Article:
The Tyranny of TED? If you read my blog you’ll know that I’m a fan of short presentation formats like Pecha Kucha (20 slides x 20 seconds) and Ignite (20 slides x 15 seconds), and I have no fundamental objection to the longer, eighteen minute free-form TED format.
But there’s something about TED that I don’t like.
TED is elitist.
TED’s marketing: “The annual TED conferences, in Long Beach/Palm Springs and Edinburgh, bring together the world’s most fascinating thinkers and doers”. TED hand-picks attendees. Attending TED is very expensive: currently $7,500 per year for TED Conference and $6,000 per year for TEDGlobal. TED promotes the elite audience as a plus. Presenters must spend significant time creating a highly scripted presentation that touches the audience profoundly, ideally in some novel way.
There’s a page on TED’s website that attempts to address these issues. It defends the exorbitant cost of attending TED live events. How? By claiming that the majority of attendees are very successful, and their success has enabled them to pay these fees. The private nonprofit Sapling Foundation owns TED. The foundation’s 2015 990-PF tax return states that the foundation had assets of $53 million, revenues of $65 million, and paid its top six employees over $2 million in compensation. TED states that they give scholarships to some people. But the 990 shows no details on the level of financial support provided. And the website is silent as to the method of selecting scholarship recipients.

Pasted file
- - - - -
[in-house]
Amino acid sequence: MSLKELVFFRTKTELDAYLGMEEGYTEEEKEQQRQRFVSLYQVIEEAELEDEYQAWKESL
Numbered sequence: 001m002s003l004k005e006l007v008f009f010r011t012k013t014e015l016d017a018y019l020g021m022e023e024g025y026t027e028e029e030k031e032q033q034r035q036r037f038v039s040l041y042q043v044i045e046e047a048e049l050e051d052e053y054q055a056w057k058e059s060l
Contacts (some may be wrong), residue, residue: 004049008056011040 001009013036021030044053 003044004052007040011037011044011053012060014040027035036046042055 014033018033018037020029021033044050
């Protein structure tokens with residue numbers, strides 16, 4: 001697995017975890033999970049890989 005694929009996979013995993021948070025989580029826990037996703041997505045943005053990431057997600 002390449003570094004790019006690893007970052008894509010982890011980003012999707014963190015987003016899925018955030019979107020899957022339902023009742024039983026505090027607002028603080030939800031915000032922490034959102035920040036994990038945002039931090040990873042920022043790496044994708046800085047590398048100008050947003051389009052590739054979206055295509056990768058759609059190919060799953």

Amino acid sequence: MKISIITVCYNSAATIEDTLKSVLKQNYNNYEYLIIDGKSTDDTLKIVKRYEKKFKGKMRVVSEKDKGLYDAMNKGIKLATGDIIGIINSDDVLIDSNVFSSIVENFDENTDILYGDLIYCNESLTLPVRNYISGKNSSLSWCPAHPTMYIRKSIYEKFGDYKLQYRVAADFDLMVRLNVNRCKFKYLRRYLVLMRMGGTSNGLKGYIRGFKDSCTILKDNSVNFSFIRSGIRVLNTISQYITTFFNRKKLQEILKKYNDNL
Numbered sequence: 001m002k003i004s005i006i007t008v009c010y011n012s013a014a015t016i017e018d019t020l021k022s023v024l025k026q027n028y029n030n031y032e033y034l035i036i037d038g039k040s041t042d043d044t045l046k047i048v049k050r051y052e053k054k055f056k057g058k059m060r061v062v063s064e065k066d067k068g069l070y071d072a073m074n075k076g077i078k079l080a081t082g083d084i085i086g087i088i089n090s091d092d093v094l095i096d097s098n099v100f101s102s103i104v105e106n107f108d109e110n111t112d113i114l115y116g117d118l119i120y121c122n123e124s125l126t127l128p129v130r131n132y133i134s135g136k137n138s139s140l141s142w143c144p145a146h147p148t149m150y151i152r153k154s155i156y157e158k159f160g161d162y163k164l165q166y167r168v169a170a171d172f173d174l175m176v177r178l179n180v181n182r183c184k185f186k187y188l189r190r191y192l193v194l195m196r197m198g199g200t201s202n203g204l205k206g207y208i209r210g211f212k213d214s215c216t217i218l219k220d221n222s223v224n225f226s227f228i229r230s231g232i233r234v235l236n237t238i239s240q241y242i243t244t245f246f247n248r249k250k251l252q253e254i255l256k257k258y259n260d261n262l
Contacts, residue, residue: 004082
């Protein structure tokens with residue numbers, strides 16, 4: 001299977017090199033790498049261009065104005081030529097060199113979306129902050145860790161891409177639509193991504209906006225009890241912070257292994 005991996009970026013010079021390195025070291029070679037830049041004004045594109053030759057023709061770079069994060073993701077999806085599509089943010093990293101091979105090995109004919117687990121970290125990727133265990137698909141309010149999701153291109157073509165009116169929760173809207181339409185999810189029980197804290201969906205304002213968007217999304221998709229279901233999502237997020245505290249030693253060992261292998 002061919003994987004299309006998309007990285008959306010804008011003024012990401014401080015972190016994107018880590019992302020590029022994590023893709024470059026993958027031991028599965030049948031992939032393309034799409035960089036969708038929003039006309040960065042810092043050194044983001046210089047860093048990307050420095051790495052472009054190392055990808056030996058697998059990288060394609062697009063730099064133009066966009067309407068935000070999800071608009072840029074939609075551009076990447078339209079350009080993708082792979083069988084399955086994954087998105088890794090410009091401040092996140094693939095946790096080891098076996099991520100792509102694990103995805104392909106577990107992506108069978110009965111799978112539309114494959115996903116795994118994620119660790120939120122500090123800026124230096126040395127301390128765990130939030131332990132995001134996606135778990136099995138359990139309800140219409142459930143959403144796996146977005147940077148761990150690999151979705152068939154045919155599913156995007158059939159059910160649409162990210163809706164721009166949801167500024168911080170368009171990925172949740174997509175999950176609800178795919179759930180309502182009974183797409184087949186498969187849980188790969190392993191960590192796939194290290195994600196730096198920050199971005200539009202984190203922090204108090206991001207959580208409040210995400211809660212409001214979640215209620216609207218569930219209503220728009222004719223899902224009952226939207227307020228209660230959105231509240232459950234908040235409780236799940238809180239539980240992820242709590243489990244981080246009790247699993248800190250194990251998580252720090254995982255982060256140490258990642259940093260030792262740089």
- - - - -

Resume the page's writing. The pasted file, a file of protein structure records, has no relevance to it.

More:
It doesn’t have to be this way
I believe that the majority of people have something worthwhile to say about some topic. What they have to say is of interest to their peers. The Pecha Kucha events I’ve run have been filled with presenters who responded to an open request. The resulting sessions have been interesting, entertaining, and fulfilling to their audiences. TED perpetuates the myth that only a minority in this world have something worth saying. The organization derives revenue from appointing itself as gatekeeper of who should be up on the stage and creating an exclusive event that can be capitalized. TED is welcome to take this approach, of course, and entitled to its success.
Don’t believe that the presenters of TED are the only people who should be presenting in this way. This is the tyranny of TED. Such a belief perpetuates the old hierarchical model of learning: a minority of people who know and a majority that don’t. The reality of the importance of social learning in today’s world, learning where a teacher at one moment becomes a student the next, is weakened by a organization that succeeds in the marketplace by selecting and glorifying a few to the exclusion of the rest of us.